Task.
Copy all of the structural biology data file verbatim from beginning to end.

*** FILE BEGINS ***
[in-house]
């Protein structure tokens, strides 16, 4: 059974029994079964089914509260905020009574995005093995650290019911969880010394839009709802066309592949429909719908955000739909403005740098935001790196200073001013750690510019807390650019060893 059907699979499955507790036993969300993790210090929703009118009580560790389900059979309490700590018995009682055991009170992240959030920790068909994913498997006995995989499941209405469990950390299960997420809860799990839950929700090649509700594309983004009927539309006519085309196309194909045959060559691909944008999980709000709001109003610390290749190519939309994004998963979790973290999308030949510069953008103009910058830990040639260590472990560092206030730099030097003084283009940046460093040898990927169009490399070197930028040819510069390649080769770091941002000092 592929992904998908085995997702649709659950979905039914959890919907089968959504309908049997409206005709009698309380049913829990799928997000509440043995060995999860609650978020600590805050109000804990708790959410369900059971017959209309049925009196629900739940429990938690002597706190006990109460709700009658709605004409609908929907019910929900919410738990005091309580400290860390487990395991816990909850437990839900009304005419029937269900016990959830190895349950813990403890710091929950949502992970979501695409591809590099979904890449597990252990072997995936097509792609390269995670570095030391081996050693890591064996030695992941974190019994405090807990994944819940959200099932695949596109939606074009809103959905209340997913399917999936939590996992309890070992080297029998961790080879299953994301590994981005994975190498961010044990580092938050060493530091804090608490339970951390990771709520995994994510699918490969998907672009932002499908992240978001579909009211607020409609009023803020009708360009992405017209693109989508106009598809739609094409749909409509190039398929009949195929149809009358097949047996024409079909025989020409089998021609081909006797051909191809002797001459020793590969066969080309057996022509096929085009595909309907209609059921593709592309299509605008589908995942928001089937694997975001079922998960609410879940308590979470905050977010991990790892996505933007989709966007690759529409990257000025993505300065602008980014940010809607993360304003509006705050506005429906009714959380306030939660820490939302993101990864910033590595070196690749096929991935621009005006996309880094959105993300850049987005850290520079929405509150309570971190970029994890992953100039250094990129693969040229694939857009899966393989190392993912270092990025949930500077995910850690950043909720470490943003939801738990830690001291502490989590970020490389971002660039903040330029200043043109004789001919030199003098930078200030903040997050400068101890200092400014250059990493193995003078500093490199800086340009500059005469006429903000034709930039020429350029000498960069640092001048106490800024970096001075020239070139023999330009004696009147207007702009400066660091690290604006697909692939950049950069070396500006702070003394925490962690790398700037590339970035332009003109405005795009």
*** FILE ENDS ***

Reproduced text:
[in-house]
């Protein structure tokens, strides 16, 4: 059974029994079964089914509260905020009574995005093995650290019911969880010394839009709802066309592949429909719908955000739909403005740098935001790196200073001013750690510019807390650019060893 059907699979499955507790036993969300993790210090929703009118009580560790389900059979309490700590018995009682055991009170992240959030920790068909994913498997006995995989499941209405469990950390299960997420809860799990839950929700090649509700594309983004009927539309006519085309196309194909045959060559691909944008999980709000709001109003610390290749190519939309994004998963979790973290999308030949510069953008103009910058830990040639260590472990560092206030730099030097003084283009940046460093040898990927169009490399070197930028040819510069390649080769770091941002000092 592929992904998908085995997702649709659950979905039914959890919907089968959504309908049997409206005709009698309380049913829990799928997000509440043995060995999860609650978020600590805050109000804990708790959410369900059971017959209309049925009196629900739940429990938690002597706190006990109460709700009658709605004409609908929907019910929900919410738990005091309580400290860390487990395991816990909850437990839900009304005419029937269900016990959830190895349950813990403890710091929950949502992970979501695409591809590099979904890449597990252990072997995936097509792609390269995670570095030391081996050693890591064996030695992941974190019994405090807990994944819940959200099932695949596109939606074009809103959905209340997913399917999936939590996992309890070992080297029998961790080879299953994301590994981005994975190498961010044990580092938050060493530091804090608490339970951390990771709520995994994510699918490969998907672009932002499908992240978001579909009211607020409609009023803020009708360009992405017209693109989508106009598809739609094409749909409509190039398929009949195929149809009358097949047996024409079909025989020409089998021609081909006797051909191809002797001459020793590969066969080309057996022509096929085009595909309907209609059921593709592309299509605008589908995942928001089937694997975001079922998960609410879940308590979470905050977010991990790892996505933007989709966007690759529409990257000025993505300065602008980014940010809607993360304003509006705050506005429906009714959380306030939660820490939302993101990864910033590595070196690749096929991935621009005006996309880094959105993300850049987005850290520079929405509150309570971190970029994890992953100039250094990129693969040229694939857009899966393989190392993912270092990025949930500077995910850690950043909720470490943003939801738990830690001291502490989590970020490389971002660039903040330029200043043109004789001919030199003098930078200030903040997050400068101890200092400014250059990493193995003078500093490199800086340009500059005469006429903000034709930039020429350029000498960069640092001048106490800024970096001075020239070139023999330009004696009147207007702009400066660091690290604006697909692939950049950069070396500006702070003394925490962690790398700037590339970035332009003109405005795009």